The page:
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iOS 8 changes we'd like to see: Accessibility

Steven Aquino | May 23, 2014
With Apple having announced this year's WWDC, it's time to start getting excited about what the next version of iOS will bring. Macworld has been compiling lists of features we'd like to see, covering (so far) Notification Center, Mail, Calendar and Reminders, and Photos and Camera.

To Apple's credit, iOS 7.1 added a Button Shapes option that, when enabled under the Accessibility options in the Settings app, put a shape around buttons. It's a welcome (re-)addition that attempts to solve the issues with contrast and identification, but it feels like a hacked-on afterthought and belies the elegance of the new aesthetics.

I would rather Apple redraw the buttons so they look like native parts of the UI. Specifically, Apple could take some of the design cues of segmented controls (such as those as seen in the Top Charts section of the App Store) and modify them to work as general navigational controls. Even those thin lines provide enough contrast (for me, anyway) to be able to distinguish buttons from normal text — and I think such an implementation would look nicer than Button Shapes does today.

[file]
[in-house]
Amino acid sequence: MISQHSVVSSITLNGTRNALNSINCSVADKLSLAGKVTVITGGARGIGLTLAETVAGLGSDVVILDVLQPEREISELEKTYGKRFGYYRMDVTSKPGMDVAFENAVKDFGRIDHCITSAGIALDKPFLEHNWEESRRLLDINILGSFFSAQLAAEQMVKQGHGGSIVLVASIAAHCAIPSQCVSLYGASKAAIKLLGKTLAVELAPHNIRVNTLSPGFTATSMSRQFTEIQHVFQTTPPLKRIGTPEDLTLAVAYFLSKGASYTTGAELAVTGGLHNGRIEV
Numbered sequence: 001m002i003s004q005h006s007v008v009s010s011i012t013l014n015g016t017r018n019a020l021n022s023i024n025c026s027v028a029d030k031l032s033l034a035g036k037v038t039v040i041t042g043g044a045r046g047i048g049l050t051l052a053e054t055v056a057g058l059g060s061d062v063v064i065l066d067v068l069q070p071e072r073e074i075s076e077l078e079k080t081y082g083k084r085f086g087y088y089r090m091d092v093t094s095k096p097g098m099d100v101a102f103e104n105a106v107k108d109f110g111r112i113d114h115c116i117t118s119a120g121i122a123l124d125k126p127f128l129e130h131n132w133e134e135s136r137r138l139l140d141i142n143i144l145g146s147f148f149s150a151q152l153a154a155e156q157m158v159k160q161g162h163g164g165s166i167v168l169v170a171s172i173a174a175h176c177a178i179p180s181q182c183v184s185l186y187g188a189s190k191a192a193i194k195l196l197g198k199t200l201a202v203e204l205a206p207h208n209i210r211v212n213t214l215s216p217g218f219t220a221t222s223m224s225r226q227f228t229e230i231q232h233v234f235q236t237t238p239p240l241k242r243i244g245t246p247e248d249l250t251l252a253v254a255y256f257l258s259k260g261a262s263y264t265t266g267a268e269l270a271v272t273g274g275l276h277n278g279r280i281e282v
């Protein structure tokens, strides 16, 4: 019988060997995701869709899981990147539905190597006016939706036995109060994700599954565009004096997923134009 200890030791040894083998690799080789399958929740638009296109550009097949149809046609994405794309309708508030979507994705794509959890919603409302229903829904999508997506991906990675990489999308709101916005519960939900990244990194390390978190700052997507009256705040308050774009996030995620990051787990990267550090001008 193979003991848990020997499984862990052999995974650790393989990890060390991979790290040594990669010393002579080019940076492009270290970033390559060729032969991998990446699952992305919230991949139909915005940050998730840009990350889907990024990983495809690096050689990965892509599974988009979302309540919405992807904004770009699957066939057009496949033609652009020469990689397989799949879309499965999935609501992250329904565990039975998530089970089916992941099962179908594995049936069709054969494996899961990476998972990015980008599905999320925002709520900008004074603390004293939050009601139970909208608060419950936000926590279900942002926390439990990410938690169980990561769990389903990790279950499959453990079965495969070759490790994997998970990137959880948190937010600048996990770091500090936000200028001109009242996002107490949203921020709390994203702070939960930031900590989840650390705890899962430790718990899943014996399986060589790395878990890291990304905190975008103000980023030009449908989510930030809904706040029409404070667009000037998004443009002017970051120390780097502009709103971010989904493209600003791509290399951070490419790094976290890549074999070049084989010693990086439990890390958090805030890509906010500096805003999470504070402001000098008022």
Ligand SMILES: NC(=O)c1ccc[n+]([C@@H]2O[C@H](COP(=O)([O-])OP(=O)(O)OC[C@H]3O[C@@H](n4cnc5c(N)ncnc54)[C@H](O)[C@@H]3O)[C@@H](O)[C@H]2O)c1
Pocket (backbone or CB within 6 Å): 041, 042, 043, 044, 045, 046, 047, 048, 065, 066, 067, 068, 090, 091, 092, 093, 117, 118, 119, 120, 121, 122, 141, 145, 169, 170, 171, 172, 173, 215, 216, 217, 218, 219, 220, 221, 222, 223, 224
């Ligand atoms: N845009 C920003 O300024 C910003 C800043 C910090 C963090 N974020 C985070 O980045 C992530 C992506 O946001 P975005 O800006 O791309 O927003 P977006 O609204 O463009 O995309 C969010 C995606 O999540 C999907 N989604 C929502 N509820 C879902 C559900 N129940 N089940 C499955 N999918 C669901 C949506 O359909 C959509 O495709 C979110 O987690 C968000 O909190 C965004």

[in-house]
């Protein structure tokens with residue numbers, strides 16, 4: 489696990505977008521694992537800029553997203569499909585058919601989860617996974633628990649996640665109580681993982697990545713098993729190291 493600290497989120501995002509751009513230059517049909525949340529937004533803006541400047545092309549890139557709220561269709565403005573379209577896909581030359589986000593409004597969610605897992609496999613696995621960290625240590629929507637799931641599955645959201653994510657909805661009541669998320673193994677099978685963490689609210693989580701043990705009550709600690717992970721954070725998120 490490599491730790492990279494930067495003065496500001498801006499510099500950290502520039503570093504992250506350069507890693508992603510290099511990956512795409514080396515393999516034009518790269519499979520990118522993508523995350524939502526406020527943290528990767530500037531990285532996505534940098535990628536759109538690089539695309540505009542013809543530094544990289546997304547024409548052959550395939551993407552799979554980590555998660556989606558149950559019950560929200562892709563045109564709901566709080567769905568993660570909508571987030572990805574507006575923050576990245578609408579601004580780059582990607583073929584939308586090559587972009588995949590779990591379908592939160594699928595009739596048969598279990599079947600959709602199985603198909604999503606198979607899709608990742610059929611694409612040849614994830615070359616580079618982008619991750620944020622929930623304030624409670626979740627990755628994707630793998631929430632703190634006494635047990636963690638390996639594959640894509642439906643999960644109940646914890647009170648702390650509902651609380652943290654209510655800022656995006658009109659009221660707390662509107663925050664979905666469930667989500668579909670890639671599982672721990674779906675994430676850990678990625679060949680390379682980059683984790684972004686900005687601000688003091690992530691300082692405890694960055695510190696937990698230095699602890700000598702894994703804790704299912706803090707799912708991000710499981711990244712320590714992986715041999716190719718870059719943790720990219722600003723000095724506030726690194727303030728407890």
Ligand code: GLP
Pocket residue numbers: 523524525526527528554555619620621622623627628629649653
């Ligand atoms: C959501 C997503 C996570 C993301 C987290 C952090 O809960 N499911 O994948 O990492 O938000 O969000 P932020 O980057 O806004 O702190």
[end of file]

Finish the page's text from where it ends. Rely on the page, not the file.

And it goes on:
Make all share sheet icons obvious. iOS's share sheet — the popover that provides options for sharing content — contains familiar app icons for Messages, Mail, Twitter, and Facebook, but the non-app-specific actions in the bottom row (Bookmark, Copy, Open In, Print, and the like) are barely discernible. The white-and-gray glyphs of these icons use far too little contrast, which, for people with low vision, makes identifying these options extremely difficult — and, thus, not at all accessible. Apple should take a cue from the Settings app, where every major function is denoted by colorized icon preceding a text label, and apply that style to the share sheet

Restore some texture and shadowing. Say what you will about skeuomorphism, but it's my strong opinion that the design of iOS 6 and before were underrated in one major area: accessibility. There was a lot that the "classic" iOS did right in making the user interface accessible for the visually impaired (even if not always intentionally). For example, button design and iconography stood out, making it much easier to navigate throughout the system. In this respect, iOS 6's glitz and heavy polish was a benefit for users like me who do better with big, bold buttons and the like.

With iOS 8, I hope we see a bit more more texture and shadowing in the interface. When it comes to accessibility, iOS 7 went a few toes over the line. Apple would do right to find a balance between 6 and 7.

Clean up the accessibility options

You don't have to be visually impaired to have had issues with iOS 7's design. In response to criticism levied by customers, Apple added several options to the Accessibility section of the Settings app to placate those with usability concerns. While those settings were welcome, the result is that the Accessibility section has become bloated and a bit unwieldy to navigate.

 

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